“Evening Surf, Bass Rocks” – 7 1/2″ x 11″
So, my Achilles injury has had me “confined” to the studio lately. Normally, most of my painting is done “en plein air”. Since that hasn’t been possible for while, I’ve been revisiting some older works that didn’t quite make the grade initially. This is one of those paintings.
The Bass Rocks area of Gloucester, Massachusetts is one of my favorite places period. And, it’s a great place to paint. It’s a very rugged, rocky shore line. There are rocks strewn everywhere on the beach along with towering mega-boulders. The jagged and hard-edged rocks are a great contrast to the moving ocean water and surf.
This painting began at the end of a summer evening when the sun was dropping in the sky. Raking light was catching only the highest parts of the rocks, leaving the rest in shade. The surf was active and moving. The breaking waves created white foam, some of which was tinged with the warm light.
In all, it was a complicated subject. The low light created lots of variety in value and color along with the complex textures of rocky beach and moving water.
As with all subjects, especially the complex ones, I started with simple shapes and washes of color and began building color and value on top of the wet washes. This technique helps build in the soft textures that are needed to allow visual pathways and transitions. The soft texture is especially needed around the tops of breaking waves to simulate the look of spray.
After getting color and some value change in most areas, the light was gone and the scene lost it’s initial appeal. I often tell my students, “If you don’t know what to do next, don’t do anything”. In this case, I took my own advice.
So the painting was packed away, carried back to the studio and packed away in the “to do later” pile.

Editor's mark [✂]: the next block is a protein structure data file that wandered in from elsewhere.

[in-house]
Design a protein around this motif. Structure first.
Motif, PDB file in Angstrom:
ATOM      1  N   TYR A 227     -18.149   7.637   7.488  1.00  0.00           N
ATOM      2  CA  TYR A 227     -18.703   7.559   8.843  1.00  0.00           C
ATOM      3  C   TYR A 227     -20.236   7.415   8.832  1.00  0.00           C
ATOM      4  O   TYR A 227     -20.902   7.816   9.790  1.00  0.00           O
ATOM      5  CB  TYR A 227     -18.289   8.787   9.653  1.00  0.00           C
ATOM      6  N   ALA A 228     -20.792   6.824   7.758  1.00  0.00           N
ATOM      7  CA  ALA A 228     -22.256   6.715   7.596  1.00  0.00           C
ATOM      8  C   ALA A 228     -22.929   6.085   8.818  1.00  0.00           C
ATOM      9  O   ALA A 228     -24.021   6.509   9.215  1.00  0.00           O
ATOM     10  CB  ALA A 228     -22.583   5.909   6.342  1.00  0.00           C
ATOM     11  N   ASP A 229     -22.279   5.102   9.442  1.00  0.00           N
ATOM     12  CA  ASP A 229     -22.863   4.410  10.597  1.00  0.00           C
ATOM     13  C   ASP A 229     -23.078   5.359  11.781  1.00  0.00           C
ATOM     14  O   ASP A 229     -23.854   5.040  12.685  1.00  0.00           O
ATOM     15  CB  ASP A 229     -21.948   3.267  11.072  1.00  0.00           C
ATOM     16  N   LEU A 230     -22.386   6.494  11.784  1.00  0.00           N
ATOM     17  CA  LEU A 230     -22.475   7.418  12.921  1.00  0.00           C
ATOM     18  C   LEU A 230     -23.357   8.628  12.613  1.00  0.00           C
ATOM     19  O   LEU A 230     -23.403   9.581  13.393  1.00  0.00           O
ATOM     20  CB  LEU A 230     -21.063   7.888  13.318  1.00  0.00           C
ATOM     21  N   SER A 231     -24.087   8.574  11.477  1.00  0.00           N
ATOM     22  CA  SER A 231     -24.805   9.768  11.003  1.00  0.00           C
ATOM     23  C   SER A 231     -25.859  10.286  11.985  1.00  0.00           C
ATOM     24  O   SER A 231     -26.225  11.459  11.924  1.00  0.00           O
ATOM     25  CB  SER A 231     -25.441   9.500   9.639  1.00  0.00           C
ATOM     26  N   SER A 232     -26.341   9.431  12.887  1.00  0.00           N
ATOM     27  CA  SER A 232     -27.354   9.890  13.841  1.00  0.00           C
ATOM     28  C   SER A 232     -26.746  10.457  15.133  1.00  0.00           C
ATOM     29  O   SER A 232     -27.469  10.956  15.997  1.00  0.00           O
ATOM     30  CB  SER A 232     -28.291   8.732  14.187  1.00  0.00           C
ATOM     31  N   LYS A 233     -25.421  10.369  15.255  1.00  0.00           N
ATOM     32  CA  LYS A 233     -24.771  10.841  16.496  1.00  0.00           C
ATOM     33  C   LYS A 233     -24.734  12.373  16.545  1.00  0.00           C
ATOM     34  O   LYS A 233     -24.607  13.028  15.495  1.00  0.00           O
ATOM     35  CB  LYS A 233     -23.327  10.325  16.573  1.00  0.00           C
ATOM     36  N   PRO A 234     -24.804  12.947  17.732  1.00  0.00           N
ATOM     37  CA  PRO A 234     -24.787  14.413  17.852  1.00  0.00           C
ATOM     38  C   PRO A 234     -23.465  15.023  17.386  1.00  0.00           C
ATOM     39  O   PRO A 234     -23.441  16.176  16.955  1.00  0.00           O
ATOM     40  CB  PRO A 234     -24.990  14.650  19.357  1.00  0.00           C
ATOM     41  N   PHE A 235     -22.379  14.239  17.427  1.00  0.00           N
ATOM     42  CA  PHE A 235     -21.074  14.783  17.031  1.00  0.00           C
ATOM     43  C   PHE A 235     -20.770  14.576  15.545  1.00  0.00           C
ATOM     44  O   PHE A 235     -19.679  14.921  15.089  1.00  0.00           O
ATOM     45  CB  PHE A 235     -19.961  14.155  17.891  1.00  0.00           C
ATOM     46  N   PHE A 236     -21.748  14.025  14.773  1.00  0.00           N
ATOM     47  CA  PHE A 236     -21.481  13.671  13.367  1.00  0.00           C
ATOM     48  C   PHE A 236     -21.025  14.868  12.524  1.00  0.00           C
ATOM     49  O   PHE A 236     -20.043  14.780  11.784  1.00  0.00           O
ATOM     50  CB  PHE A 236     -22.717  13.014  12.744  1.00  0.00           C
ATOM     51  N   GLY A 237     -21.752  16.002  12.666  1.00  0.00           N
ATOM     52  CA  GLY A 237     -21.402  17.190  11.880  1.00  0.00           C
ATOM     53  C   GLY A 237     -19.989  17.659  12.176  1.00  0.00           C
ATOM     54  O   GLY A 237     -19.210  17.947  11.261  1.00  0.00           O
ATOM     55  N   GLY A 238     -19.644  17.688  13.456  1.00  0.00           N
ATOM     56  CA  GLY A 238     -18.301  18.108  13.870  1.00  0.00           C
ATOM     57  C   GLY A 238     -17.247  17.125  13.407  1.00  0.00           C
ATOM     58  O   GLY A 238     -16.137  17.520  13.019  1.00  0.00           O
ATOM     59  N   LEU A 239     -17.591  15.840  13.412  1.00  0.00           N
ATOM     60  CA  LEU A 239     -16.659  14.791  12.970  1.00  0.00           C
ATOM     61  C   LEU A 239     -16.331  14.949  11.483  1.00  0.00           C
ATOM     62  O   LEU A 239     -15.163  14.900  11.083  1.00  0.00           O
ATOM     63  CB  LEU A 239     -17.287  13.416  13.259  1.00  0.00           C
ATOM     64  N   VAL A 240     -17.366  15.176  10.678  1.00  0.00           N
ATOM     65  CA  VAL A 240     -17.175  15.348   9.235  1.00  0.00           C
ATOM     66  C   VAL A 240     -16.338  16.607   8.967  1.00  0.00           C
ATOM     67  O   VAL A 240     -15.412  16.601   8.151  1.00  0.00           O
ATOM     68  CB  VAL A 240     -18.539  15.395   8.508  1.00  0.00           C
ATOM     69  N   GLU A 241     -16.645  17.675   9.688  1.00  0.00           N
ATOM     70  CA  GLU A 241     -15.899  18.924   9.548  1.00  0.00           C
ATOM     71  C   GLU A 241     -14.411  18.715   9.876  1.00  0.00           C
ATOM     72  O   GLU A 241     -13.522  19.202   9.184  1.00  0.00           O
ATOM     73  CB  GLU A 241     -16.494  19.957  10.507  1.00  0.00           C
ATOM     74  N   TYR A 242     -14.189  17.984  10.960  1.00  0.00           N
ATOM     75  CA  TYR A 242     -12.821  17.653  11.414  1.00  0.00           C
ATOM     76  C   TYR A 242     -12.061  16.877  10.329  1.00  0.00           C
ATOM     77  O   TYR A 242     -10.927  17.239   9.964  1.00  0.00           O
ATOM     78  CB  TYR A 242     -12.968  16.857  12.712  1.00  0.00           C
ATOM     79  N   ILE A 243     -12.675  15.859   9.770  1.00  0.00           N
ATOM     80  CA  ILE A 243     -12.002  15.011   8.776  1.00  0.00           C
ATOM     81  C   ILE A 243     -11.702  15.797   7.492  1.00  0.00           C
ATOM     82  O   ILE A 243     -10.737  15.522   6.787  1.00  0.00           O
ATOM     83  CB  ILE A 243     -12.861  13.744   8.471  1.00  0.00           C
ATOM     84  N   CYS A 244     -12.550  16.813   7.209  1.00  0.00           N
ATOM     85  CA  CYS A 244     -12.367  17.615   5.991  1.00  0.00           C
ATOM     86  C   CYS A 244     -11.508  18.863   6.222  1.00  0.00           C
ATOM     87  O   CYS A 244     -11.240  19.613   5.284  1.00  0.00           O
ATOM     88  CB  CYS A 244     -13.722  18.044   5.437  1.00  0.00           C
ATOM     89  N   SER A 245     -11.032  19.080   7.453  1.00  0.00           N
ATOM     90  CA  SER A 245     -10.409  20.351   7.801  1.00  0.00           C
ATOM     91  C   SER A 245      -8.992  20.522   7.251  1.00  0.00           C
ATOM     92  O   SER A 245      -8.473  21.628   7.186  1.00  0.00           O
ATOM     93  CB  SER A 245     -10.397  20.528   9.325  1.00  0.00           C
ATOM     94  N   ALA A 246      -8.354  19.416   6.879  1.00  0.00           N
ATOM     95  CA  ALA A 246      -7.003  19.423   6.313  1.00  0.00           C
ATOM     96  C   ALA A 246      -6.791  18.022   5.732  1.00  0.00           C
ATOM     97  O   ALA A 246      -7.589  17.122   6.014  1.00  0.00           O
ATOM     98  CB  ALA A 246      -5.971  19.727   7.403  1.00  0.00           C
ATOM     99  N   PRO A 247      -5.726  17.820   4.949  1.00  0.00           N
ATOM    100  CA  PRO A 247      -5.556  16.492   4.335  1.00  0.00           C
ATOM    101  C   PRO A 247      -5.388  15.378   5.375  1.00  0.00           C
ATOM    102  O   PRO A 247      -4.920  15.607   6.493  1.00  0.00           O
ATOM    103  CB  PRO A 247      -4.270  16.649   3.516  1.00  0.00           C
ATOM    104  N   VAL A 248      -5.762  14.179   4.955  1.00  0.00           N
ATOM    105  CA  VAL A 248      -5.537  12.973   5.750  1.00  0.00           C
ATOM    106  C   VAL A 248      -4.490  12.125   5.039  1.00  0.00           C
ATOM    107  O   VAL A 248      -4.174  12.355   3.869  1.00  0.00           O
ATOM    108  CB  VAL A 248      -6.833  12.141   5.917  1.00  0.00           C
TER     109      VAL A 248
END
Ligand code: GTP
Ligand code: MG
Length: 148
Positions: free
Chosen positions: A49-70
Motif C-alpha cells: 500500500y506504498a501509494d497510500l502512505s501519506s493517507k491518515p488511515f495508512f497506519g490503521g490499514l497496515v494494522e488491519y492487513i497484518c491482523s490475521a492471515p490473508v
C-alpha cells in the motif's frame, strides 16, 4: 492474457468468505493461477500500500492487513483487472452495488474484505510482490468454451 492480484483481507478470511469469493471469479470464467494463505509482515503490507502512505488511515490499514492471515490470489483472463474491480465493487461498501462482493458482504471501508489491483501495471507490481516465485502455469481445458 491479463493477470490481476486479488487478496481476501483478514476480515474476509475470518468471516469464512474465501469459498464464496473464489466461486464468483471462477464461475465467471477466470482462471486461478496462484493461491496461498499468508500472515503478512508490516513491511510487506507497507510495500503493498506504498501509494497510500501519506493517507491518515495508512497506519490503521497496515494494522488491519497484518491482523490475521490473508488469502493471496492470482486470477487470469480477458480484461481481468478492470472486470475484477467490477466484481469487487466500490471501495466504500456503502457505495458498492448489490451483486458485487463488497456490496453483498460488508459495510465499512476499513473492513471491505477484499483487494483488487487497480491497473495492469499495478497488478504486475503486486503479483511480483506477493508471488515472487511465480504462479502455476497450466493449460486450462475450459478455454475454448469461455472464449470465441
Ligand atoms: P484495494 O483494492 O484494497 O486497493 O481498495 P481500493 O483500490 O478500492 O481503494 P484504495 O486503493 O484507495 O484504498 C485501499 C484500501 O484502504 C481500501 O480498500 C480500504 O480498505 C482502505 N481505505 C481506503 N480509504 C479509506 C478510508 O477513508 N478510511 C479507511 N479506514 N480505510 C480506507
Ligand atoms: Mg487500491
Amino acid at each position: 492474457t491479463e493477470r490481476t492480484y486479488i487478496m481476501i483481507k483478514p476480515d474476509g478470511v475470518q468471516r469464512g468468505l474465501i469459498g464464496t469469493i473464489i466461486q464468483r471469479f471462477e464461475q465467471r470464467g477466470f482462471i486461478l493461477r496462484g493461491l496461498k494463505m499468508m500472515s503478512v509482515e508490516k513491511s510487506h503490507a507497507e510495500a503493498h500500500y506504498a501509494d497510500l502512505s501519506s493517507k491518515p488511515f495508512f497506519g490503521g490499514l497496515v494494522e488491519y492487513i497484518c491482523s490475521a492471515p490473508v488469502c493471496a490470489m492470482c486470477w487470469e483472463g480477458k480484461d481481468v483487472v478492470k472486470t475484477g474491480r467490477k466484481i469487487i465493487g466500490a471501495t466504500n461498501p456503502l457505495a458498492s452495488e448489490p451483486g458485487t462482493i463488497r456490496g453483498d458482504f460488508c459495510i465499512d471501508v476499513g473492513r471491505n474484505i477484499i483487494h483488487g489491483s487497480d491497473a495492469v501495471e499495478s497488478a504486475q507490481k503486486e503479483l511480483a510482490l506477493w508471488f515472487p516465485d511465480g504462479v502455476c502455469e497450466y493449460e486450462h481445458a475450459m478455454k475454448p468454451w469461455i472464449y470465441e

A couple days ago, as I perused some of my unfinished pieces, this one popped up. In taking a fresh look, it was obvious where work needed to be done. First, the middle foreground was really undeveloped. This was an area that needed to be used as a transition from the warm oranges on the foreground rocks into the deep neutral violets in the middle ground. As I worked on adding marks to indicate a rock-strewn beach, I was careful to add a balance of the warm foreground colors and cool middle ground colors. The intent was to insure that this area of the painting would be a well-integrated bridge that would guide our eye across the rocky beach and onto the dark rocks in the middle distance.
The other area of addition and adjustment was in in the near light breaking surf areas, especially on the breaking wave in the middle distance. The adjustments here mostly involved lifting some color and value and softening some edges. A bit of warm color was added to a portion of the main wave as well.
This Painting Is Available
This painting is 7 1/2″ x 11″ and matted to a standard size of 11″ x 14″ for easy, low-cost framing.
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